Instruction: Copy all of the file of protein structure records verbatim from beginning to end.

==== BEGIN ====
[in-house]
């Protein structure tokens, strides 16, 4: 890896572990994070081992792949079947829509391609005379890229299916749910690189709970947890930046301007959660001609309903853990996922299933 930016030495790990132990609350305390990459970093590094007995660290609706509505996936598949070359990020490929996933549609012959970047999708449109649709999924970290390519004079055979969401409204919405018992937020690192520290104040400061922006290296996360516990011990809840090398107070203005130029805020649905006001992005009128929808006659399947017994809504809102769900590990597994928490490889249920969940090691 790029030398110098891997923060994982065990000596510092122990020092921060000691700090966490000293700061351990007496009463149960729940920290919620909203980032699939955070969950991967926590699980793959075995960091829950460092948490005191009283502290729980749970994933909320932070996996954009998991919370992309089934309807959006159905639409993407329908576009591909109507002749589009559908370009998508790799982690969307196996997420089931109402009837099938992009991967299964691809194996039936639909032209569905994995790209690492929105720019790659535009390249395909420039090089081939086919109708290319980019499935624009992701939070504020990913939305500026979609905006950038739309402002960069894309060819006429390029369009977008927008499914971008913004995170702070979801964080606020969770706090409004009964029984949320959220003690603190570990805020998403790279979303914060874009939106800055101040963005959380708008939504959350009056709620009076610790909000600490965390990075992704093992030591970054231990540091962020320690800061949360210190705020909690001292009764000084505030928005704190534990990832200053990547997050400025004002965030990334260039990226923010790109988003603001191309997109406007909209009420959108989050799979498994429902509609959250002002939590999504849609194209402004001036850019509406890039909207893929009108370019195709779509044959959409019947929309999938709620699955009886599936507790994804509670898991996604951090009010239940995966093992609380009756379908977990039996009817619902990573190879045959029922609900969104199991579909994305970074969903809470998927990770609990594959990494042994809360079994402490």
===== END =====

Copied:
[in-house]
């Protein structure tokens, strides 16, 4: 890896572990994070081992792949079947829509391609005379890229299916749910690189709970947890930046301007959660001609309903853990996922299933 930016030495790990132990609350305390990459970093590094007995660290609706509505996936598949070359990020490929996933549609012959970047999708449109649709999924970290390519004079055979969401409204919405018992937020690192520290104040400061922006290296996360516990011990809840090398107070203005130029805020649905006001992005009128929808006659399947017994809504809102769900590990597994928490490889249920969940090691 790029030398110098891997923060994982065990000596510092122990020092921060000691700090966490000293700061351990007496009463149960729940920290919620909203980032699939955070969950991967926590699980793959075995960091829950460092948490005191009283502290729980749970994933909320932070996996954009998991919370992309089934309807959006159905639409993407329908576009591909109507002749589009559908370009998508790799982690969307196996997420089931109402009837099938992009991967299964691809194996039936639909032209569905994995790209690492929105720019790659535009390249395909420039090089081939086919109708290319980019499935624009992701939070504020990913939305500026979609905006950038739309402002960069894309060819006429390029369009977008927008499914971008913004995170702070979801964080606020969770706090409004009964029984949320959220003690603190570990805020998403790279979303914060874009939106800055101040963005959380708008939504959350009056709620009076610790909000600490965390990075992704093992030591970054231990540091962020320690800061949360210190705020909690001292009764000084505030928005704190534990990832200053990547997050400025004002965030990334260039990226923010790109988003603001191309997109406007909209009420959108989050799979498994429902509609959250002002939590999504849609194209402004001036850019509406890039909207893929009108370019195709779509044959959409019947929309999938709620699955009886599936507790994804509670898991996604951090009010239940995966093992609380009756379908977990039996009817619902990573190879045959029922609900969104199991579909994305970074969903809470998927990770609990594959990494042994809360079994402490």